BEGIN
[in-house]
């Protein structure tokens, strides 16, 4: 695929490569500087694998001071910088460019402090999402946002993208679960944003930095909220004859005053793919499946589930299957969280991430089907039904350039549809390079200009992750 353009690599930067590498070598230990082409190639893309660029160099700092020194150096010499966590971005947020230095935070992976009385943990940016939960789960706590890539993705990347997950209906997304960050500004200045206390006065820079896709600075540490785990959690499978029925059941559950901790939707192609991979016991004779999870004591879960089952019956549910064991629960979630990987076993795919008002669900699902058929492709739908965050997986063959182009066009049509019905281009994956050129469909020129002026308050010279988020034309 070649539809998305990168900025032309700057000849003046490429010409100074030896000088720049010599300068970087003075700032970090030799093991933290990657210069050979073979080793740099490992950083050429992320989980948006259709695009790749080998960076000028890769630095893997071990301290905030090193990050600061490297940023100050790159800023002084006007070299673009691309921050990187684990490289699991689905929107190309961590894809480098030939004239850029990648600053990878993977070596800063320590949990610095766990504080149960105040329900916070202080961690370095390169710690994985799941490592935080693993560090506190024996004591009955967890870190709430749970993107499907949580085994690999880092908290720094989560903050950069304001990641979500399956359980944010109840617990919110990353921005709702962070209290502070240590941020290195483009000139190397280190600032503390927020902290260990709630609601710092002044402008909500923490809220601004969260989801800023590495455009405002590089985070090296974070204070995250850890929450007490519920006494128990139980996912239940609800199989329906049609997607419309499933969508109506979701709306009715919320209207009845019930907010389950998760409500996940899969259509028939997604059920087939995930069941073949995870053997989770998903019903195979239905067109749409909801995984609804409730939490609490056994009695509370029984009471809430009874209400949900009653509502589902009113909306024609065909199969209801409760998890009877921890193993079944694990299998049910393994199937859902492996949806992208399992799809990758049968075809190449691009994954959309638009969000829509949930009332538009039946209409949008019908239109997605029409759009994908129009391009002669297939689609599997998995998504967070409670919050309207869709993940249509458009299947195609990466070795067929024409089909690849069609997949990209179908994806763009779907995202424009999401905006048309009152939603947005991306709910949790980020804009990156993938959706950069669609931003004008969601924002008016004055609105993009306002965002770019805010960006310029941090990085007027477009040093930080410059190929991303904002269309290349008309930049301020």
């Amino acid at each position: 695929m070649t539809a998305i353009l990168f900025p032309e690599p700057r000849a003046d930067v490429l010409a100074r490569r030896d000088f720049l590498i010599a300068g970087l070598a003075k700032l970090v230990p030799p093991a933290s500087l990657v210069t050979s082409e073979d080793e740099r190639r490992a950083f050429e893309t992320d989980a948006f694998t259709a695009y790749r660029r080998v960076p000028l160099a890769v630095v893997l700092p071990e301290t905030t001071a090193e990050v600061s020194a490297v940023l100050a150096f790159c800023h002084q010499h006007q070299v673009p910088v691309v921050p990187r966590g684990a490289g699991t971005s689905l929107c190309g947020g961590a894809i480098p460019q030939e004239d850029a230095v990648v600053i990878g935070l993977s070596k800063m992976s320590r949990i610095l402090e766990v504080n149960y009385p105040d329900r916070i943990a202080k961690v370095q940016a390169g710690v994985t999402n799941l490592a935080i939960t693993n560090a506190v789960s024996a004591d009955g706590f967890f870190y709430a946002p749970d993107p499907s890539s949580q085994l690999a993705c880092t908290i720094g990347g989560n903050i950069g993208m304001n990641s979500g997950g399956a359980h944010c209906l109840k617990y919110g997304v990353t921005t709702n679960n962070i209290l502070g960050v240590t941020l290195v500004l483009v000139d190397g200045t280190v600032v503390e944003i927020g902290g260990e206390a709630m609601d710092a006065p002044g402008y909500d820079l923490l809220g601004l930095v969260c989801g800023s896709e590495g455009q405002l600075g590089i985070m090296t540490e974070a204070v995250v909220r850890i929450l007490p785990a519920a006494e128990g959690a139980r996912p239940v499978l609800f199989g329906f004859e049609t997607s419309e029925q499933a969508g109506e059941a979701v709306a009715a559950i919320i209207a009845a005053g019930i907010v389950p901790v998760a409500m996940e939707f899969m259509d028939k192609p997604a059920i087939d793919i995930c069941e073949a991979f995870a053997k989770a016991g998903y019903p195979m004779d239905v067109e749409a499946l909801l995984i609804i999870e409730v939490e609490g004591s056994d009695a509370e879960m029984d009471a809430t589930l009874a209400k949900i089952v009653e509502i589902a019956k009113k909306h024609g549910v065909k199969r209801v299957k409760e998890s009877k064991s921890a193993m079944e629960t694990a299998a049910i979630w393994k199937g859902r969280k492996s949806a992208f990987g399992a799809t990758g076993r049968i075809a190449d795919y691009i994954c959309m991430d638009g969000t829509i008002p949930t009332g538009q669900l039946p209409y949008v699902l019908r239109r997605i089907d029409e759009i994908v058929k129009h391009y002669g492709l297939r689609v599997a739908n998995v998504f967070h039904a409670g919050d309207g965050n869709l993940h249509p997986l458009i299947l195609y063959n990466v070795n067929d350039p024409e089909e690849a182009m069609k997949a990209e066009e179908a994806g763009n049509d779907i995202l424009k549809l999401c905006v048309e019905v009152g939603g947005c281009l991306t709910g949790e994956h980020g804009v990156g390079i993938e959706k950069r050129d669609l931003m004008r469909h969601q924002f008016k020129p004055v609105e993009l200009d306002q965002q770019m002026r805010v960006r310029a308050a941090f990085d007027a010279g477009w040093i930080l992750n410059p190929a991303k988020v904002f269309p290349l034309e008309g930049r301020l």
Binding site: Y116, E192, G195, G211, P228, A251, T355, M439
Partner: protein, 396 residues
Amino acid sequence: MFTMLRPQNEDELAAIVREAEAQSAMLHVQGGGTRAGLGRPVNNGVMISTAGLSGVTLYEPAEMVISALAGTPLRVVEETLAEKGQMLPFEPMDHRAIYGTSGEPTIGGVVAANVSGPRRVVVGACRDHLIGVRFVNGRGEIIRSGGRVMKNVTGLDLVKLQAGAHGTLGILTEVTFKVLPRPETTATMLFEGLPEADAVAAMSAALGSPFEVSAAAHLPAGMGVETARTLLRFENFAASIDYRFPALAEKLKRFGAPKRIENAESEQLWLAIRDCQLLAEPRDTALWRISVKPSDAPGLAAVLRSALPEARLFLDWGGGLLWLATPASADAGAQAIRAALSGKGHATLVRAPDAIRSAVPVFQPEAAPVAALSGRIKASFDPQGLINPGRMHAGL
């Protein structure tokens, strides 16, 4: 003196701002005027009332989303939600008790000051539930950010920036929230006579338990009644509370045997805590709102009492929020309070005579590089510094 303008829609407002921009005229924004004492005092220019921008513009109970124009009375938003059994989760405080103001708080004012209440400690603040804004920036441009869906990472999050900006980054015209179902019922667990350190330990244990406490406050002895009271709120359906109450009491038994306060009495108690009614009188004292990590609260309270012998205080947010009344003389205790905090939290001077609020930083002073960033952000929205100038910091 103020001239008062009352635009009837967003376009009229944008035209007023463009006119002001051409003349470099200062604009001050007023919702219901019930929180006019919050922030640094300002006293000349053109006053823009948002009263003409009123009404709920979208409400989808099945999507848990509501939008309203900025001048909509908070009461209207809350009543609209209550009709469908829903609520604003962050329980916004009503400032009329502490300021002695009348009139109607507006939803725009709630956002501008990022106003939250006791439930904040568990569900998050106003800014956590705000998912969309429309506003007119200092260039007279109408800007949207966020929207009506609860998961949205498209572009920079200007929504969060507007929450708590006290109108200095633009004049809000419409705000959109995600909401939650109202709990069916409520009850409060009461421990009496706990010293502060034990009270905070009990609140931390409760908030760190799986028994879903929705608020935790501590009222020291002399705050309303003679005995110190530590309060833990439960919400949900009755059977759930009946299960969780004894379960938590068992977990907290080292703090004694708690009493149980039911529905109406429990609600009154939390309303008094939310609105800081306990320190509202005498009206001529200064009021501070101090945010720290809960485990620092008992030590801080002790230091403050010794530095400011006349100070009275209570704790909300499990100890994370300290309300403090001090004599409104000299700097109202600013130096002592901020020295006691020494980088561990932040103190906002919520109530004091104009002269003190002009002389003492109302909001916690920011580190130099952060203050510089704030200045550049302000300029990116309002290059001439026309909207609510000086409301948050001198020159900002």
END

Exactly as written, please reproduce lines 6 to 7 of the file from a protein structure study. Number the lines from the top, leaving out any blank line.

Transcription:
Amino acid sequence: MFTMLRPQNEDELAAIVREAEAQSAMLHVQGGGTRAGLGRPVNNGVMISTAGLSGVTLYEPAEMVISALAGTPLRVVEETLAEKGQMLPFEPMDHRAIYGTSGEPTIGGVVAANVSGPRRVVVGACRDHLIGVRFVNGRGEIIRSGGRVMKNVTGLDLVKLQAGAHGTLGILTEVTFKVLPRPETTATMLFEGLPEADAVAAMSAALGSPFEVSAAAHLPAGMGVETARTLLRFENFAASIDYRFPALAEKLKRFGAPKRIENAESEQLWLAIRDCQLLAEPRDTALWRISVKPSDAPGLAAVLRSALPEARLFLDWGGGLLWLATPASADAGAQAIRAALSGKGHATLVRAPDAIRSAVPVFQPEAAPVAALSGRIKASFDPQGLINPGRMHAGL
């Protein structure tokens, strides 16, 4: 003196701002005027009332989303939600008790000051539930950010920036929230006579338990009644509370045997805590709102009492929020309070005579590089510094 303008829609407002921009005229924004004492005092220019921008513009109970124009009375938003059994989760405080103001708080004012209440400690603040804004920036441009869906990472999050900006980054015209179902019922667990350190330990244990406490406050002895009271709120359906109450009491038994306060009495108690009614009188004292990590609260309270012998205080947010009344003389205790905090939290001077609020930083002073960033952000929205100038910091 103020001239008062009352635009009837967003376009009229944008035209007023463009006119002001051409003349470099200062604009001050007023919702219901019930929180006019919050922030640094300002006293000349053109006053823009948002009263003409009123009404709920979208409400989808099945999507848990509501939008309203900025001048909509908070009461209207809350009543609209209550009709469908829903609520604003962050329980916004009503400032009329502490300021002695009348009139109607507006939803725009709630956002501008990022106003939250006791439930904040568990569900998050106003800014956590705000998912969309429309506003007119200092260039007279109408800007949207966020929207009506609860998961949205498209572009920079200007929504969060507007929450708590006290109108200095633009004049809000419409705000959109995600909401939650109202709990069916409520009850409060009461421990009496706990010293502060034990009270905070009990609140931390409760908030760190799986028994879903929705608020935790501590009222020291002399705050309303003679005995110190530590309060833990439960919400949900009755059977759930009946299960969780004894379960938590068992977990907290080292703090004694708690009493149980039911529905109406429990609600009154939390309303008094939310609105800081306990320190509202005498009206001529200064009021501070101090945010720290809960485990620092008992030590801080002790230091403050010794530095400011006349100070009275209570704790909300499990100890994370300290309300403090001090004599409104000299700097109202600013130096002592901020020295006691020494980088561990932040103190906002919520109530004091104009002269003190002009002389003492109302909001916690920011580190130099952060203050510089704030200045550049302000300029990116309002290059001439026309909207609510000086409301948050001198020159900002």